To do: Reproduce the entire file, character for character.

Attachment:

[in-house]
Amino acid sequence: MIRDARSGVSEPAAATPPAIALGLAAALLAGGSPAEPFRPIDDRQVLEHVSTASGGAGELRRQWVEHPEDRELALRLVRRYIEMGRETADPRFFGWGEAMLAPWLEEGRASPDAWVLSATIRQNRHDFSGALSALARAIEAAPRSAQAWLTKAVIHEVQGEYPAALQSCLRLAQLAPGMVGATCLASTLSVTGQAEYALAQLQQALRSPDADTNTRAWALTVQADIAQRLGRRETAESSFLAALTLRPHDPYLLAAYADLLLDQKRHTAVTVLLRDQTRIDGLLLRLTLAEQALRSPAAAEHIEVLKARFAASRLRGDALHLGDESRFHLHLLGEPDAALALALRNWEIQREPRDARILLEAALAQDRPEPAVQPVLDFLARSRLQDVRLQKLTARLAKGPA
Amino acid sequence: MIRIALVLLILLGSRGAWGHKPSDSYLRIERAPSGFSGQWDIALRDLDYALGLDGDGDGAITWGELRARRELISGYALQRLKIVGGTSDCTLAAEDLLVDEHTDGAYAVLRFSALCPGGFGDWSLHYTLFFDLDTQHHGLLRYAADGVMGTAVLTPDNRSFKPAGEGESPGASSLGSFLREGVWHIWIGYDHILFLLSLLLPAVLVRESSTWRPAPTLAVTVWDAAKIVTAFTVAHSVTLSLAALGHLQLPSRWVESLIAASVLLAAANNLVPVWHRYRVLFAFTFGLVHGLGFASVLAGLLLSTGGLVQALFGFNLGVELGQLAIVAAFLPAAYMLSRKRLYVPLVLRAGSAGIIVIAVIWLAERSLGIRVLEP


[in-house]
Amino acid sequence: MIRDARSGVSEPAAATPPAIALGLAAALLAGGSPAEPFRPIDDRQVLEHVSTASGGAGELRRQWVEHPEDRELALRLVRRYIEMGRETADPRFFGWGEAMLAPWLEEGRASPDAWVLSATIRQNRHDFSGALSALARAIEAAPRSAQAWLTKAVIHEVQGEYPAALQSCLRLAQLAPGMVGATCLASTLSVTGQAEYALAQLQQALRSPDADTNTRAWALTVQADIAQRLGRRETAESSFLAALTLRPHDPYLLAAYADLLLDQKRHTAVTVLLRDQTRIDGLLLRLTLAEQALRSPAAAEHIEVLKARFAASRLRGDALHLGDESRFHLHLLGEPDAALALALRNWEIQREPRDARILLEAALAQDRPEPAVQPVLDFLARSRLQDVRLQKLTARLAKGPA
Amino acid sequence: MIRIALVLLILLGSRGAWGHKPSDSYLRIERAPSGFSGQWDIALRDLDYALGLDGDGDGAITWGELRARRELISGYALQRLKIVGGTSDCTLAAEDLLVDEHTDGAYAVLRFSALCPGGFGDWSLHYTLFFDLDTQHHGLLRYAADGVMGTAVLTPDNRSFKPAGEGESPGASSLGSFLREGVWHIWIGYDHILFLLSLLLPAVLVRESSTWRPAPTLAVTVWDAAKIVTAFTVAHSVTLSLAALGHLQLPSRWVESLIAASVLLAAANNLVPVWHRYRVLFAFTFGLVHGLGFASVLAGLLLSTGGLVQALFGFNLGVELGQLAIVAAFLPAAYMLSRKRLYVPLVLRAGSAGIIVIAVIWLAERSLGIRVLEP